The Supreme Court, Suffolk County recently issued a decision on the applicability of NY General Business Law § 399-c to an arbitration clause in AIA contract. In a Tozzi v. McLoughlin Construction Corporation, Ind. No. 615869/2021, the plaintiff sued his contractor alleging breach of contract, fraud and willful exaggeration of a mechanic’s lien. Plaintiff hired defendant to demolish and reconstruct a beachfront summer home.
Defendants moved to compel arbitration based on the contract. Plaintiff and defendants used contract AIA document a 101–2017, the standard form of agreement between owner and contractor. Article 6 of the agreement contained the “arbitration clause.” Plaintiff opposed the motion stating that the arbitration clause violated New York General Business Law (GBL) § 399–c and that the defendants failed to proceed to mediation as a condition precedent to the arbitration. It has been held that an arbitration clause in a single-family residential construction contract is void as in violation of consumer protection of GBL § 399-c.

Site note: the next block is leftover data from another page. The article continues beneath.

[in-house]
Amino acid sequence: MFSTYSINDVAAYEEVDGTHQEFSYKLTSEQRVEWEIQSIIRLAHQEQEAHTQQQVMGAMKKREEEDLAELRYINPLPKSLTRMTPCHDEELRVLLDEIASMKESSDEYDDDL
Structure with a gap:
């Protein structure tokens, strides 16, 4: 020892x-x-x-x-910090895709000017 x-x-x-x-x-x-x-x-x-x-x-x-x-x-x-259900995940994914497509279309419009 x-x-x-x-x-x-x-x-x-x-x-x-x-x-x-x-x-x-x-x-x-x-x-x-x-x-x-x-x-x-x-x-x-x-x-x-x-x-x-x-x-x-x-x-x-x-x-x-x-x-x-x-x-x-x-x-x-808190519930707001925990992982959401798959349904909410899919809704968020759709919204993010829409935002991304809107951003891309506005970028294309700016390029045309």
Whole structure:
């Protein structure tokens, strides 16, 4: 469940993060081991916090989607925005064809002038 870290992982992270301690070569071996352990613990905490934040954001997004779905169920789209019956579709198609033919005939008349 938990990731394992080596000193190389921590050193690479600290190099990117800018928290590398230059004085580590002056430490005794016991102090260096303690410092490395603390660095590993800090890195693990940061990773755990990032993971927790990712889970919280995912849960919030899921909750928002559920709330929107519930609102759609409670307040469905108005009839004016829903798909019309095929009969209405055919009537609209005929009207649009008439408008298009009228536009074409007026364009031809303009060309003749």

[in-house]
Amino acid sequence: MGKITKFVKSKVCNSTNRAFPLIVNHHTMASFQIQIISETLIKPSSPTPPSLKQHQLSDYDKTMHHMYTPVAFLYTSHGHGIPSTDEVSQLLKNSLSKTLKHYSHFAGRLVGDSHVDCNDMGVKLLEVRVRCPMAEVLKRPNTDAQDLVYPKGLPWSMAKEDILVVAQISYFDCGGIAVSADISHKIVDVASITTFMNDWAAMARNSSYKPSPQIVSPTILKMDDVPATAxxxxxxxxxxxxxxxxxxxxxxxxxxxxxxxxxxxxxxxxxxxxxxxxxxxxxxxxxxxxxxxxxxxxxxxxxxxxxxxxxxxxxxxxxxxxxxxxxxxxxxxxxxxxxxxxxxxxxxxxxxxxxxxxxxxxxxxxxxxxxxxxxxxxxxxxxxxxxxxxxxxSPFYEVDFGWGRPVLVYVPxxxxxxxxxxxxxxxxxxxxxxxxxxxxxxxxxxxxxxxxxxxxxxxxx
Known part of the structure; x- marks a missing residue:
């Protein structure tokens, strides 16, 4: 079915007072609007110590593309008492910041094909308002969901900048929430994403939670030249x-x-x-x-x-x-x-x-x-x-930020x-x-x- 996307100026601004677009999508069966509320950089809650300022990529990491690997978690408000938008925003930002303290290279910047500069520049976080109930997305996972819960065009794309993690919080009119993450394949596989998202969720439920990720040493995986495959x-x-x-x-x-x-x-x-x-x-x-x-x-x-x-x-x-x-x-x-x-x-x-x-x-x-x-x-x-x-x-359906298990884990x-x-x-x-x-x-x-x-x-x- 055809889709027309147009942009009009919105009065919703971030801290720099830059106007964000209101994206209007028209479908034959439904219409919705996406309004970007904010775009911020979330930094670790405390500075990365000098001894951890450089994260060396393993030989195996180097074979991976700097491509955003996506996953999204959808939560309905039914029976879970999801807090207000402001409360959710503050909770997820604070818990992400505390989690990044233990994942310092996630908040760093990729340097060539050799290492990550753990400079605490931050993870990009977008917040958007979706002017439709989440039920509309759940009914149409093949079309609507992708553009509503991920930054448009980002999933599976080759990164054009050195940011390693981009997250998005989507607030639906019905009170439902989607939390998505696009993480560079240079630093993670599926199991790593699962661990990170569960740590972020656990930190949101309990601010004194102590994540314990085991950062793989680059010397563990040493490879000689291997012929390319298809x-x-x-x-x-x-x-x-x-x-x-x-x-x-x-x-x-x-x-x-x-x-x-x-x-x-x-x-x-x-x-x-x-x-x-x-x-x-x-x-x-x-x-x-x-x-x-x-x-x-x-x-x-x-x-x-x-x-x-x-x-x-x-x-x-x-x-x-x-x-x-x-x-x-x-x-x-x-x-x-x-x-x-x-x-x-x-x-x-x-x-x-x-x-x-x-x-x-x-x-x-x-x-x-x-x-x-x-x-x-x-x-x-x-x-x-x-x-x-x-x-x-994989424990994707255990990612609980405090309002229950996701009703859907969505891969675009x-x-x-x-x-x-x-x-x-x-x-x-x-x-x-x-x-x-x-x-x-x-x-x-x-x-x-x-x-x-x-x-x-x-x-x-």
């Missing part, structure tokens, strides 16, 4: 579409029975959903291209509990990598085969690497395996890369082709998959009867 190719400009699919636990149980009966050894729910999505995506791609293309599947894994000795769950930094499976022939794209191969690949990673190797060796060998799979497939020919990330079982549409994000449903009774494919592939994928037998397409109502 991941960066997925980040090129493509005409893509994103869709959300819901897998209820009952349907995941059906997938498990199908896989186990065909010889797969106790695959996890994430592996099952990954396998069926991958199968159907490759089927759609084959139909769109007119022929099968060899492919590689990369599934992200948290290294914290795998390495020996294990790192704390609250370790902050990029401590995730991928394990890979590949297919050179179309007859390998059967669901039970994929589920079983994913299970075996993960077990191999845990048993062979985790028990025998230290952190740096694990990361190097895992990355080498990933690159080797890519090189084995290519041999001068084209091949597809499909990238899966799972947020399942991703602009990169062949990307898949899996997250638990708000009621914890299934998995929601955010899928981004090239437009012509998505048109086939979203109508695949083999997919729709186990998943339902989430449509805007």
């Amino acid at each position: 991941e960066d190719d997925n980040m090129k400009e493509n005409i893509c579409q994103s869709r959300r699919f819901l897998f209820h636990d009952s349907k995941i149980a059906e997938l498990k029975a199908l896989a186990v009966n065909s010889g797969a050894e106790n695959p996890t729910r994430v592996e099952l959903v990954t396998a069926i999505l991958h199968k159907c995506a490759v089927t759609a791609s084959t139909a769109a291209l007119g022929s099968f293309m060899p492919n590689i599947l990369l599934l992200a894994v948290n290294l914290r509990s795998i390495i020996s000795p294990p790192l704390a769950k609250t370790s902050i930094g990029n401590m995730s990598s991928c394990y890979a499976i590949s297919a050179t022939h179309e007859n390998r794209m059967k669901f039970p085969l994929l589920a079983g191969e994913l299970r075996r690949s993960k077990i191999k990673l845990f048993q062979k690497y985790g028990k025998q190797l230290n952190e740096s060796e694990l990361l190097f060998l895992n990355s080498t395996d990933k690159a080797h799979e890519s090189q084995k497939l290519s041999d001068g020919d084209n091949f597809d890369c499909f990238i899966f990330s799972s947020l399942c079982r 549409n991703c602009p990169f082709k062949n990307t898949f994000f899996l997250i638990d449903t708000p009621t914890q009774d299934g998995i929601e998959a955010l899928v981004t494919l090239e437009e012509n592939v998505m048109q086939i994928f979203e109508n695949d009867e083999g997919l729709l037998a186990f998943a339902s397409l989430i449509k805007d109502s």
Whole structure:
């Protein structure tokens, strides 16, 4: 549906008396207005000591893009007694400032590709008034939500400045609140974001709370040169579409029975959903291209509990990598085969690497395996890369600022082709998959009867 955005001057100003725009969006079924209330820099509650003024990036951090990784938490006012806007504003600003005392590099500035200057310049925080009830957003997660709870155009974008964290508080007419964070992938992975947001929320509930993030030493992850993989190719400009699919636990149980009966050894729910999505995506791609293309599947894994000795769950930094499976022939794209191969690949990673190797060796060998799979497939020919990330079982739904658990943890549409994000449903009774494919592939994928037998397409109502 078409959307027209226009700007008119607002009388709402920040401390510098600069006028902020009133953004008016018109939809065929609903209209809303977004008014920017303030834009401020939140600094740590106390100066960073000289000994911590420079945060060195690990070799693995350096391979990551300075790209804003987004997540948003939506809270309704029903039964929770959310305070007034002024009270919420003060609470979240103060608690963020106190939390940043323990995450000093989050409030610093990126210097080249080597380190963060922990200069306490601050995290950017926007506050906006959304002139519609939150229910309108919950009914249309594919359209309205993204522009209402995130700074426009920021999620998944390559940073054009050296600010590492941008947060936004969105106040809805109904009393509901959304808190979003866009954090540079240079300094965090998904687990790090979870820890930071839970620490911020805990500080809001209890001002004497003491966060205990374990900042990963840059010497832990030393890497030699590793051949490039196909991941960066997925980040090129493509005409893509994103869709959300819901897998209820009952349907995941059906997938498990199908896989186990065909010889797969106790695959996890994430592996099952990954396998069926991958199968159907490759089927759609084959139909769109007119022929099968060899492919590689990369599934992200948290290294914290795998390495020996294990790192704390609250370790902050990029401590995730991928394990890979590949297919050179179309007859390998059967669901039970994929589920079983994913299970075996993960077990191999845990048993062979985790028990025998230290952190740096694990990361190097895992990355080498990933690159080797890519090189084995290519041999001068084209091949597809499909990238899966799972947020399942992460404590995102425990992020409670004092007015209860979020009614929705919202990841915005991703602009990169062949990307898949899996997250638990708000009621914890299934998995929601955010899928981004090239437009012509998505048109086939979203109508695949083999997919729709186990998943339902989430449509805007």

In granting the defendants’ motion to compel arbitration, the court noted New York’s long and strong public policy favoring arbitration. It found that GBL 399–c did not apply to this issue since the statute defines a consumer as a natural person residing in New York and the plaintiff is a resident of Wyoming. The court found the arbitration clause to be unambiguous. Finally, the court declined to rule upon whether defendants had to mediate as a condition precedent since that issue was for the arbitrator to decide under the subject arbitration clause.
 See Byrnes v. Castaldi, 72 AD3d 718 (2d Dept. 2010).